Besides theoretical limits, there are plenty of practical arguments (as listed in Charbel-Raphaël's post) for why scaling the utilisation of mechint would be net harmful.

So no rigorous basis for that the use of mechint would "open up possibilities" to long-term safety. 
And plenty of possibilities for corporate marketers – to chime in on mechint's hypothetical big breakthroughs.

In practice, we may help AI labs again – accidentally – to safety-wash their AI products.

Great paraphrase!


no matter how good their control theory, and their ability to monitor and intervene in the world? 

This. There are fundamental limits to what system-propagated effects the system can control. And the portion of own effects the system can control decreases as the system scales in component complexity.

Yet, any of those effects that feed back into the continued/increased existence of components get selected for. 

So there is a fundamental inequality here. No matter how "intelligent" the system is at pattern-transformation internally, it cannot intervene on all but a tiny portion of (possible) external evolutionary feedback on its constituent components.

Your position is that even if today's AI could be given bio-friendly values, AI would still be the doom of biological life in the longer run, because (skipping a lot of details) machine life and biological life have incompatible physical needs, and once machine life exists, darwinian processes will eventually produce machine life that overruns the natural biosphere. (You call this "substrate-needs convergence"

This is a great paraphrase btw.

Hello :)

For my part, I agree that pressure from substrate needs is real

Thanks for clarifying your position here.

Can't such an instinct and such a culture resist the pressure from substrate needs, if the AIs value and protect them enough?

No, unfortunately not. To understand why, you would need to understand how “intelligent” processes that necessarily involve the use of measurement and abstraction cannot conditionalise the space of possible interactions between machine components and connected surroundings – sufficiently, to not feed back into causing environmental effects that feed back into the continued or re-assembled existence of the components.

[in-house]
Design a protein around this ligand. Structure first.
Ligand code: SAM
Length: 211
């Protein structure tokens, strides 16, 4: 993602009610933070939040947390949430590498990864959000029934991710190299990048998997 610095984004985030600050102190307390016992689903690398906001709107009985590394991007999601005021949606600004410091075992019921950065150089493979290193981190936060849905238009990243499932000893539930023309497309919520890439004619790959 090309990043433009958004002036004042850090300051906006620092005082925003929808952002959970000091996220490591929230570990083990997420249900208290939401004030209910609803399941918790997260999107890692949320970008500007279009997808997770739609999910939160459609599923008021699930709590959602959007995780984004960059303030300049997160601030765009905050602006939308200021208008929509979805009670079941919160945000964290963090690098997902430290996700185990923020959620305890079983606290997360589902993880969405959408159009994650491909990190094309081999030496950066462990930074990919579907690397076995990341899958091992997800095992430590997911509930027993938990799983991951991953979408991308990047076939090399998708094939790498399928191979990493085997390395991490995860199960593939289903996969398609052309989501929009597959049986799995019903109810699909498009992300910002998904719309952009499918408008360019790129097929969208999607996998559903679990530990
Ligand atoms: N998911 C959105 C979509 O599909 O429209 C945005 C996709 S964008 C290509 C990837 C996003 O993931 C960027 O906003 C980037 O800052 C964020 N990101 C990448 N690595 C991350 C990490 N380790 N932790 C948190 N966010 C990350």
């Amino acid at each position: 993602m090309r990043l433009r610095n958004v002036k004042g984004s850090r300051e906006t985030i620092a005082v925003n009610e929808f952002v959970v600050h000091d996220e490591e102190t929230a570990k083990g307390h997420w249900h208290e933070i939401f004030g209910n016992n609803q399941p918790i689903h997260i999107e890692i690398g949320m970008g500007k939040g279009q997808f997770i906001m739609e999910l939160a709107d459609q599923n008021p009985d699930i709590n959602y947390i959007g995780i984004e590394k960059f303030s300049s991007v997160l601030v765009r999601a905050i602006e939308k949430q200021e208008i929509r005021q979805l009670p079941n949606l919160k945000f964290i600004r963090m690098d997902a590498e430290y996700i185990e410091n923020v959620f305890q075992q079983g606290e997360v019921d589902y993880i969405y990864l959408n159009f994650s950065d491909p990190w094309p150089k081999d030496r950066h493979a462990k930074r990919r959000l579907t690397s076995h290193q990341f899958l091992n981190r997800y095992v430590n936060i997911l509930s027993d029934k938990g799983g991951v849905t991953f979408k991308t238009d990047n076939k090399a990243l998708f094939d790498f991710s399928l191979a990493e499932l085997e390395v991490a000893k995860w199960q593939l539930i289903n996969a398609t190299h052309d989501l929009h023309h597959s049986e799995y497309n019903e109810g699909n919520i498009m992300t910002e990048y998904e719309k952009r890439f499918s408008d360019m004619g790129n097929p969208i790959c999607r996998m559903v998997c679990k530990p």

I think your arguments are underestimating what a difference intelligence makes to possible ecological and evolutionary dynamics

I have thought about this, and I know my mentor Forrest has thought about this a lot more.

For learning machinery that re-produce their own components, you will get evolutionary dynamics across the space of interactions that can feed back into the machinery’s assembled existence.

Intelligence has limitations as an internal pattern-transforming process, in that it cannot track nor conditionalise all the outside evolutionary feedback.

Code does not intrinsically know how it got selected for. But code selected through some intelligent learning process can and would get evolutionarily exapted for different functional ends.

Notably, the more information-processing capacity, the more components that information-processing runs through, and the more components that can get evolutionarily selected for.

In this, I am not underestimating the difference that “general intelligence” – as transforming patterns across domains – would make here. Intelligence in machinery that store, copy and distribute code at high-fidelity would greatly amplify evolutionary processes.

I suggest clarifying what you specifically mean with “what a difference intelligence makes”. This so intelligence does not become a kind of “magic” – operating independently of all other processes, capable of obviating all obstacles, including those that result from its being.

superintelligence makes even aeon-long highly artificial stabilizations conceivable - e.g. by the classic engineering method of massively redundant safeguards that all have to fail at once, for something to go wrong

We need to clarify the scope of application of this classic engineering method. Massive redundancy works for complicated systems (like software in aeronautics) under stable enough conditions. There is clarity there around what needs to be kept safe and how it can be kept safe (what needs to error detected and corrected for).